Welcome to the Nexus of Ethics, Psychology, Morality, Philosophy and Health Care

Welcome to the nexus of ethics, psychology, morality, technology, health care, and philosophy

Friday, January 20, 2017

Five Myths About the Role of Culture in Psychological Research

Qi Wang
Association of Psychological Science
Originally posted December 20, 2016

Here is an excerpt:

Twenty years of cultural research that my colleagues and I have done on the development of social cognition, including autobiographical memory, future thinking, the self, and emotion knowledge, illustrate how cultural psychological science can provide unique insights into psychological processes and further equip researchers with additional tools to understand human behavior.

There are five assumptions that often distract or discourage researchers from integrating cultural factors into their work, and I aim here to deconstruct them.

Assumption 1. Cultural Psychological Science Focuses Only on Finding Group Differences

This understanding of what cultural psychological science can do is far from being complete. In our research, my colleagues and I have learned how culturally prioritized self-goals guide autobiographical memory. Autonomous self-goals, prioritized in Western, particularly European American, cultures, motivate individuals to focus on and remember idiosyncratic details and subjective experiences that accentuate the individual. In contrast, relational self-goals like those prioritized in East Asian cultures motivate individuals to attend to and remember information about collective activities and significant others.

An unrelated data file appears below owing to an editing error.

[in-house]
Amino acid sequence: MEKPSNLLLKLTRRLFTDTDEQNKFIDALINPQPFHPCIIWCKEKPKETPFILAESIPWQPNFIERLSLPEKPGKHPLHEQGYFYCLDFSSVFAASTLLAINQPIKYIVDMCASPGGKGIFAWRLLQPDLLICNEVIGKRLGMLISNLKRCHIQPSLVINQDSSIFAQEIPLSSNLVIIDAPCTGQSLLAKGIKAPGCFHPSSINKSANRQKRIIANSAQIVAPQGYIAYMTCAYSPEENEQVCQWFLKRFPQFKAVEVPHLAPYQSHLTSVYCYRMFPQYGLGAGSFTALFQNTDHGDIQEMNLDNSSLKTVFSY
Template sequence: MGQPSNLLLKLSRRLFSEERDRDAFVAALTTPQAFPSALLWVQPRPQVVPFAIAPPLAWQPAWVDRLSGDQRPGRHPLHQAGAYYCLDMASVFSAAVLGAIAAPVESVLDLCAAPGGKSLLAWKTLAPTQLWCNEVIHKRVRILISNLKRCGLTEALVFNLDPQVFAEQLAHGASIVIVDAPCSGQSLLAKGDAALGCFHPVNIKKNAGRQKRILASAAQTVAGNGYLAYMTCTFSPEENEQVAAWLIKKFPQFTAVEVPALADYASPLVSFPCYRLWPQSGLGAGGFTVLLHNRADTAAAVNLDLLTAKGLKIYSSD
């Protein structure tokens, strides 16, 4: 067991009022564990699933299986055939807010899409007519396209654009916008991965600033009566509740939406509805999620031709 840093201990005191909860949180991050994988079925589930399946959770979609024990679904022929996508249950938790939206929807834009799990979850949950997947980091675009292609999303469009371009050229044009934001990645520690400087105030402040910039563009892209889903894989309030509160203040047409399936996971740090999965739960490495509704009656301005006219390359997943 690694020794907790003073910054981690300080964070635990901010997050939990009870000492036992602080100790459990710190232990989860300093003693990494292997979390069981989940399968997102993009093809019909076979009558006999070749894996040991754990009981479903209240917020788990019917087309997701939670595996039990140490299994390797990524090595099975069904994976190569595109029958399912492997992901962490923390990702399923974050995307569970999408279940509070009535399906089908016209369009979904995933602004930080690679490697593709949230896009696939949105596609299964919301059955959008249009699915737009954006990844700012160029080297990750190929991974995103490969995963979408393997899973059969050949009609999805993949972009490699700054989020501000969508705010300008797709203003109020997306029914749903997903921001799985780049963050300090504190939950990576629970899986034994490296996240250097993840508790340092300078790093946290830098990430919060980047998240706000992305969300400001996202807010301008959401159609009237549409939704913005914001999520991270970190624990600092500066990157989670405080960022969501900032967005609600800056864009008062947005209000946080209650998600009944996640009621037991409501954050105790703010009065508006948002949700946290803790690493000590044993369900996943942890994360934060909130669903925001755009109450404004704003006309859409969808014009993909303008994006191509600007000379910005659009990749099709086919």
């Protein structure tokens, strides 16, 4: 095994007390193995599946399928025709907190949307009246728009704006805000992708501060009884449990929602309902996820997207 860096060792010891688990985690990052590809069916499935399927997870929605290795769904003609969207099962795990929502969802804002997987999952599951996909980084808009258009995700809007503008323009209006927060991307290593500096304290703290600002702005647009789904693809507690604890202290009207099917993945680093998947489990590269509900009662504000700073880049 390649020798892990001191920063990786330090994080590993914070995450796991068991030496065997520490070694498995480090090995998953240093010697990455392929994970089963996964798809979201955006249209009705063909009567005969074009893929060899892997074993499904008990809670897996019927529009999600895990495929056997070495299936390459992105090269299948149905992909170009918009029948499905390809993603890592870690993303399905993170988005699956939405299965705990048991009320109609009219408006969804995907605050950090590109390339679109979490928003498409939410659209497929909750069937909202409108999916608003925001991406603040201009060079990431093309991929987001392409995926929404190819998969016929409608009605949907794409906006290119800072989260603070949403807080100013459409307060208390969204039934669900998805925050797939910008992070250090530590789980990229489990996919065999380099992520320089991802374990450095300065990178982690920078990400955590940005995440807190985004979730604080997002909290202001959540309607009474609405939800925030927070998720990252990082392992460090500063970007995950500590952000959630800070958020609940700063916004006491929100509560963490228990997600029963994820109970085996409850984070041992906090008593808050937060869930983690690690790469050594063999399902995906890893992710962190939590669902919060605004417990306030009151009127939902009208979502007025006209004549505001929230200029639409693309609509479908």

By experimentally manipulating self-goals of autonomy and relatedness, we are able to make European Americans recall socially oriented memories as East Asians usually do, and make East Asians recall self-focused memories as European Americans usually do. In a study I conducted with APS Fellow Michael A. Ross, University of Waterloo, Canada, we asked European American and Asian college students to describe themselves as either unique individuals (i.e., autonomous-self prime) or as members of social groups (i.e., relational-self prime). We then asked them to recall their earliest childhood memories. In both cultural groups, those whose autonomous self-goals were activated prior to the recall reported more self-focused memories, whereas those whose relational self-goals were made salient recalled more socially oriented memories.

The article is here.